After being committed for 17 years, Michael Myers, now a grown man and still very dangerous, escapes from the mental institution (where he was committed as a 10 year old) and he immediately returns to Haddonfield, where he wants to find his baby sister, Laurie. Anyone who crosses his path is in mortal danger.
Mrs. Voorhees is dead, and Camp Crystal Lake is shut down, but a camp next to the infamous place is stalked by an unknown assailant. Is it Mrs. Voorhees' son Jason, who did not really drown in the lake some 30 years before?
Tommy Jarvis goes to the graveyard to get rid of Jason Voorhees' body once and for all, but inadvertently brings him back to life instead. The newly revived killer once again seeks revenge, and Tommy may be the only one who can defeat him.
On one last road trip before they're sent to serve in Vietnam, two brothers and their girlfriends get into an accident that calls their local sheriff to the scene. Thus begins a terrifying experience where the teens are taken to a secluded house of horrors, where a young, would-be killer is being nurtured.
A group of young adults set up tent near the abandoned summer camp where a series of gruesome murders are said to have taken place back in 1980. The perpetrator was a grieving mother, driven insane by the drowning of her child, Jason, whom she believed was neglected by the camp counselors. As legend has it, the last survivor of the attacks beheaded the woman. But then Jason came back, and now he is a vengeful and inexorable killer, wielding crossbows, swords, axes and other sharp instruments. The legend proves horribly true, as these campers quickly discover. Six months later, the brother of one of those campers distributes posters of his missing sister. The police believe she took off with her boyfriend; but he knows better. The brother crosses paths with an uptight young rich guy who is having his girlfriend and friends over at his parents' cabin. The brother ends up at the cabin himself just before his sister's attacker sets upon them all. Written by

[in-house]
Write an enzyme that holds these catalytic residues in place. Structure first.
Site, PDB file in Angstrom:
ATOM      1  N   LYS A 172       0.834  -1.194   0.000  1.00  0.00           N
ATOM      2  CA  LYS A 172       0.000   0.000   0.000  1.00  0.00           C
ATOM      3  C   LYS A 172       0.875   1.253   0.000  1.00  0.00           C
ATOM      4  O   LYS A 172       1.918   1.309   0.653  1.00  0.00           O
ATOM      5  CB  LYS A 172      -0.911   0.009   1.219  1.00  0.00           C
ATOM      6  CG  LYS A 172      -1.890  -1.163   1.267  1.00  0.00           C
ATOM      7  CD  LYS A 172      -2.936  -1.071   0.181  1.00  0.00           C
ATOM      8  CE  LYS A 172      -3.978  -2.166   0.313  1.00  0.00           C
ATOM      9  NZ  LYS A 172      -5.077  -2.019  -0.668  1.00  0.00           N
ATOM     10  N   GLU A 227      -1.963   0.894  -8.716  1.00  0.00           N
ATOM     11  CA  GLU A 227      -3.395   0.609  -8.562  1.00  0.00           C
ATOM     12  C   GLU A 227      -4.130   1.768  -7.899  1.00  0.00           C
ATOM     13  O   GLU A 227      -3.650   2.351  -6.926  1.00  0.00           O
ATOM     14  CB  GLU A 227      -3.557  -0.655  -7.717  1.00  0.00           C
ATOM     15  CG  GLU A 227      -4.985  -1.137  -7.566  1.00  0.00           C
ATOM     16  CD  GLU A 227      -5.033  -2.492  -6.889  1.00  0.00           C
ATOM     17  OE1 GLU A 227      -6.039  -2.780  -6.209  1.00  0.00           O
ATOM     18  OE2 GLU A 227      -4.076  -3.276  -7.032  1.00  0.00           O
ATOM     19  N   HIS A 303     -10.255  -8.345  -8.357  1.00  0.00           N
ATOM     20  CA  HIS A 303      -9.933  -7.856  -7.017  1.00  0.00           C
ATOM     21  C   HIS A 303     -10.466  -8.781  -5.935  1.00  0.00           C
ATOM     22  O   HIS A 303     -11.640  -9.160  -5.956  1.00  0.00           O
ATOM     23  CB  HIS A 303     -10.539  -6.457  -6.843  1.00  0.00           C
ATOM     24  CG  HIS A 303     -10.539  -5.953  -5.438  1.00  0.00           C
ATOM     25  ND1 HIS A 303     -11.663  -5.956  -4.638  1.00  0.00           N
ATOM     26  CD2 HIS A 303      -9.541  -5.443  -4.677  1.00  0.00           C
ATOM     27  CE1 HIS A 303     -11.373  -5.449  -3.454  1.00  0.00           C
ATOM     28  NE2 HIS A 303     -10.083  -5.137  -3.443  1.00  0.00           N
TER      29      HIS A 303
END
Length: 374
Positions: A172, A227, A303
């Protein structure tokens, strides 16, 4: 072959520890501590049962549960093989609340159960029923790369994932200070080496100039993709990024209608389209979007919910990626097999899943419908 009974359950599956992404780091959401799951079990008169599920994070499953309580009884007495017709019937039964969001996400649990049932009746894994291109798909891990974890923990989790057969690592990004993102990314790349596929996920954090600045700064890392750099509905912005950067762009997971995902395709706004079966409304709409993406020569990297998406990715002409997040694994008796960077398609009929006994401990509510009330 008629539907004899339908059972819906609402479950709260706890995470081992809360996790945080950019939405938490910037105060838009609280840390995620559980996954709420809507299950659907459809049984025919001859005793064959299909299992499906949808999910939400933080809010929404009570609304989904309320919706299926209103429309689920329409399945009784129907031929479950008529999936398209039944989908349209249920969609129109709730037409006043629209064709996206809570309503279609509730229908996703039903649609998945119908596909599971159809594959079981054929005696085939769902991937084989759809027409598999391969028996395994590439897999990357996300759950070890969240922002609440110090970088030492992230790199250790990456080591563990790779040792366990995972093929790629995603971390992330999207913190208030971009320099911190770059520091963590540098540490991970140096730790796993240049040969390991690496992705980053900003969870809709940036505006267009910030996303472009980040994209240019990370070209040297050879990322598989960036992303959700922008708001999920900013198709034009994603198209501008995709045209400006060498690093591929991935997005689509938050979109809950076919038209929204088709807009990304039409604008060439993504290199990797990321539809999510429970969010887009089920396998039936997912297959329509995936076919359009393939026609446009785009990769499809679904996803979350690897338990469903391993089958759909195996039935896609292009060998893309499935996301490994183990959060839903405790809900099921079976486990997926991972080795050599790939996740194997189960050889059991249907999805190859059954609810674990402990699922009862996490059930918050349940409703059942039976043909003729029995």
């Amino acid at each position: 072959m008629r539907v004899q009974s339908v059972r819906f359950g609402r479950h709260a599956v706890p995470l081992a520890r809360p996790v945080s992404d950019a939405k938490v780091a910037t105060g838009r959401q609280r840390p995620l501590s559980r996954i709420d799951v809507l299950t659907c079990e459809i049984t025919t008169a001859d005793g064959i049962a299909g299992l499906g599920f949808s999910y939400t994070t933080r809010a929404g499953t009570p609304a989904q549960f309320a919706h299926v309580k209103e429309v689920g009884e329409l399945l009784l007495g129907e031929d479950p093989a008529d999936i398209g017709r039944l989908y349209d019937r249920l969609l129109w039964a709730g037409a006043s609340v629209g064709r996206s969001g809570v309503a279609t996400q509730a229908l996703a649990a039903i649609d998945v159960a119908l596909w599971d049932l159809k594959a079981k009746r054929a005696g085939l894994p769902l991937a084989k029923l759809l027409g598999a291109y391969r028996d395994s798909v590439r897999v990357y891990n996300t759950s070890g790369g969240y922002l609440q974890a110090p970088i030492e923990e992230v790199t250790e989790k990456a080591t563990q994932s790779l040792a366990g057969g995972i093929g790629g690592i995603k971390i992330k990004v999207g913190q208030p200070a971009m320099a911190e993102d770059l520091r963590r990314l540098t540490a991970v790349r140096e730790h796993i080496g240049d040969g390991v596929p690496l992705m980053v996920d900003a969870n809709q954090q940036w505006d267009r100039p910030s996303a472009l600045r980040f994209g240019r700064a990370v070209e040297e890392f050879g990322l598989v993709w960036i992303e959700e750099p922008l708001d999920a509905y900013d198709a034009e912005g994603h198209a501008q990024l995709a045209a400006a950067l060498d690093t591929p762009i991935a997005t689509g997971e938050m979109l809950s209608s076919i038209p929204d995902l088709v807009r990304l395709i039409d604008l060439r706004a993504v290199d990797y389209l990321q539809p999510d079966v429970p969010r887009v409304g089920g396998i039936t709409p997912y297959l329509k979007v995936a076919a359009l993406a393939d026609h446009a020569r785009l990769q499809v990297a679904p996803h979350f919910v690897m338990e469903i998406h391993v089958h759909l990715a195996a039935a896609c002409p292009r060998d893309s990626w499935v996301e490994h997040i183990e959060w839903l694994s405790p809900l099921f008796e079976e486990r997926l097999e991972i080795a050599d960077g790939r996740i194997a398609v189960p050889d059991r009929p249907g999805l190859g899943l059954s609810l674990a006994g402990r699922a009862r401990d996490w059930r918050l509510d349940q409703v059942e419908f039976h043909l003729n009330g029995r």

When approaching the film, one of the main questions director Marcus Nispel asked himself was what aspects of the Friday The 13th mythology would moviegoers want to see again and again. He was also concerned about giving the audience what they wanted, but not what they were expecting. See more »
(at around 44 mins) When Chelsea is wake boarding, when she first gets up, she is clearly putting her left foot forward () however the first shot immediately after this, her right foot is forward (goofy), yet every other shot she is wake boarding with her left foot forward (regular). See more »
Friday the 13th has an incredibly powerful first 15-20 minutes. It really kicks off with a bang. Jason is back better than ever. Then something goes fractionally wrong and we fall back into old territory. Everything becomes a bit too familiar. Still, it does better than most horror films in the sense that it really doesn't become too tedious until the last 10 minutes or so.
The main characters are strong in their performance without being memorable. The cameos are the real scene stealers including a gas station attendant and a man named Donnie. A lot of the jokes from all concerned really hit the mark though and are a nice touch to the film.
The Friday the 13th remake is what it is and at the end of the day probably all that could realistically have been hoped for. It won't decrease the seemingly ever growing hate of remakes, but it certainly won't add to it either and that in itself is an achievement.
121 of 211 people found this review helpful.
Was this review helpful to you?